The "Tea Party" movement as well as the Occupy X movements are two sides of the same coin. The wealthy = older people who really feel like they have worked their whole lives and are getting the shaft for it. The Occupy folks who are younger but, for the first time in history have been so poorly educated about how the world works and money they really are baffled by any collision with reality. They will not be nearly as successful as their parents because they frankly don't have any idea how. (Ummm that lit crit degree is, indeed worthless and your $50k in loans shouldn't have been given to you. A stint working as a greeter at Walmart is about all you are truly qualified to do).

The graph is not surprising and antagonisms will follow age lines more than race or gender lines.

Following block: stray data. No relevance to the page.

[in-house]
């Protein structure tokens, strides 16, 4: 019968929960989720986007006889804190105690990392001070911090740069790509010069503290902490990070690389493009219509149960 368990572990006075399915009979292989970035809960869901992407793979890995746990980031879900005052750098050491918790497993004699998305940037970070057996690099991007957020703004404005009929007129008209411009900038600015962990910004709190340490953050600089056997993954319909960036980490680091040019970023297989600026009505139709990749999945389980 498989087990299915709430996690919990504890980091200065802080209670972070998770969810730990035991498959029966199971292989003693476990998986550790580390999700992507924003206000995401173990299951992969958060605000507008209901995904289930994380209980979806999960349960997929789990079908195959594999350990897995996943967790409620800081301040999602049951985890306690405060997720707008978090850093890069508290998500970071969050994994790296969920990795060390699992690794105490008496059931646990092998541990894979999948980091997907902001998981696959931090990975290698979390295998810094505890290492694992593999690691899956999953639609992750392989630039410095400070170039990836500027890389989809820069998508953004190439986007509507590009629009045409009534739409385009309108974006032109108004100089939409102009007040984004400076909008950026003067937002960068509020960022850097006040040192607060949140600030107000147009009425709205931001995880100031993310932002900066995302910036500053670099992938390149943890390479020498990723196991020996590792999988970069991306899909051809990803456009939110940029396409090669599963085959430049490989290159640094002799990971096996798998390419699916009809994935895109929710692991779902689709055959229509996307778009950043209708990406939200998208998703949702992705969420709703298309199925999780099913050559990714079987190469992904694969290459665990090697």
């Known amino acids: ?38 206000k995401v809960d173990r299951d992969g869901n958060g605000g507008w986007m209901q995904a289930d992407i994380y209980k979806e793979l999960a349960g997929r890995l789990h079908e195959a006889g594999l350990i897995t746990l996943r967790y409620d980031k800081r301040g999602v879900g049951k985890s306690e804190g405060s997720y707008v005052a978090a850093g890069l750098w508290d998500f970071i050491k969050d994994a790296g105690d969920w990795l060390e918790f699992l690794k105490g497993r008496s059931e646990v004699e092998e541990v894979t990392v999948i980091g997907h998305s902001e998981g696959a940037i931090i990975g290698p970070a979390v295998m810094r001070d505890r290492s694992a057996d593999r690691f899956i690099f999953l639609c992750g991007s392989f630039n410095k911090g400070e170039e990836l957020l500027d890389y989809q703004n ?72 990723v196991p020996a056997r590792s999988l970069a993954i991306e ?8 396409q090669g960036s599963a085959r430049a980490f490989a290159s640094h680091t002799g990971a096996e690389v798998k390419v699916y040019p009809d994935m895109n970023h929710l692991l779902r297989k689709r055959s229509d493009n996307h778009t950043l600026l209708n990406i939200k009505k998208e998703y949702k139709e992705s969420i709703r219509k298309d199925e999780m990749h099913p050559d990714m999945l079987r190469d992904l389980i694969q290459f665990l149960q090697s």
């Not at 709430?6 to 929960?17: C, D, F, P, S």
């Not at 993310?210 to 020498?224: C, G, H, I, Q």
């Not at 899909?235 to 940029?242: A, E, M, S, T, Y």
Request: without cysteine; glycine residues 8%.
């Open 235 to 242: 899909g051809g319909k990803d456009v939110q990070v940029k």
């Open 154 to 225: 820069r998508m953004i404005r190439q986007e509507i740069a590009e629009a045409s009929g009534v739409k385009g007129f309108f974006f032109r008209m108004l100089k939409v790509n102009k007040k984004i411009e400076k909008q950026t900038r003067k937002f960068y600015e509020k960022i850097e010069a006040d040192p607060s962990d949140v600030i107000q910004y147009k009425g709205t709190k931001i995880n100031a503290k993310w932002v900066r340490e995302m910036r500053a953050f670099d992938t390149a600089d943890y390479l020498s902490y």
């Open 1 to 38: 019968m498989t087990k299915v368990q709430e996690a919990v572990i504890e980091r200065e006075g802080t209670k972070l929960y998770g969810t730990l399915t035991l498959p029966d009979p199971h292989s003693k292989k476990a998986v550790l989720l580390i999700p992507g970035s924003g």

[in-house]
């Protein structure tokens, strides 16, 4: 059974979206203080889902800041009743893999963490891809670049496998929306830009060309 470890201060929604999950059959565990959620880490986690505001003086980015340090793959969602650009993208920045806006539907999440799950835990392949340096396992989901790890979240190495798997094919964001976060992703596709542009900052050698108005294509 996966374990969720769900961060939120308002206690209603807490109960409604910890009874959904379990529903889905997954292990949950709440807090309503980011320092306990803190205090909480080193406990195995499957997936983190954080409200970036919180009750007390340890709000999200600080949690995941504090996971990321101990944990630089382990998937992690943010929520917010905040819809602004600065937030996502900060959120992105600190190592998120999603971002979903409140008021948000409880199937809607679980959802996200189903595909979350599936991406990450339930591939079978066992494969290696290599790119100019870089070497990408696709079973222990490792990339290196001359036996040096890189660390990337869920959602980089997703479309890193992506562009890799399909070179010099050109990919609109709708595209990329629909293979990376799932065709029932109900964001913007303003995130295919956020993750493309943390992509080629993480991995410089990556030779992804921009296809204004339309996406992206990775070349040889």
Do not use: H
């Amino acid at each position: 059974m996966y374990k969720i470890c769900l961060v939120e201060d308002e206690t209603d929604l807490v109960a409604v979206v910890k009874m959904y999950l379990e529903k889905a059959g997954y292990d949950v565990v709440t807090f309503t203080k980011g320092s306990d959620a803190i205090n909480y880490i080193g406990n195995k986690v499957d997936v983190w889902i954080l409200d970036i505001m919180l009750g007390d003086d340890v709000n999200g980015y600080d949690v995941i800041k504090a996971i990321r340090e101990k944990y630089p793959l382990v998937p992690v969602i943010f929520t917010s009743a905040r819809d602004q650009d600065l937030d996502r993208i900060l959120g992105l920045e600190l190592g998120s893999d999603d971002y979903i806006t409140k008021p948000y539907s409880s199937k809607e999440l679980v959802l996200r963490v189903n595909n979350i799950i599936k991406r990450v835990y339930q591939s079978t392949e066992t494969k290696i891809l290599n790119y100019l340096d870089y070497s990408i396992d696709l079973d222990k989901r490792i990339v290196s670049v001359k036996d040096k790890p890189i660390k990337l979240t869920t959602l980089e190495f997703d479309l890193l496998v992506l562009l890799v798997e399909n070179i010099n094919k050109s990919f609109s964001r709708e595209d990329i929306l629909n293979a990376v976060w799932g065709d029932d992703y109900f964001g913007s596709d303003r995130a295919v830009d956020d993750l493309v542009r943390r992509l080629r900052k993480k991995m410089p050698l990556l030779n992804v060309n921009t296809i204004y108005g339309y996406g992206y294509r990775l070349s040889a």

Oh, there is a very interesting book I want to read (don't have the title in front of me) that argues that wealth is even less stable than in times past, so people stay in that upper 20% a lot less longer than in the past, for various reasons. This has a very alarming consequence if we take good old Marxist class struggle as a model for wealth. (I.e. that there is a static class of "the rich" who are institutionally unassailable, mostly modeled on an enfranchised nobility. The state is therefore the only power capable of taking money from them and as a matter of social justice, must.) Taxing the rich for their money is going to start failing as a long-term strategy since their will actually be too unstable a base to draw from. Think about that before you soak the rich because the really rich aren't are rich as you think and they don't stay that way for more than a couple of years. The tax brackets will have to start falling on mostly older middle class people who will resist. Add into that curbing their Social Security and raising retirement age and you'll get an even bigger brouhaha.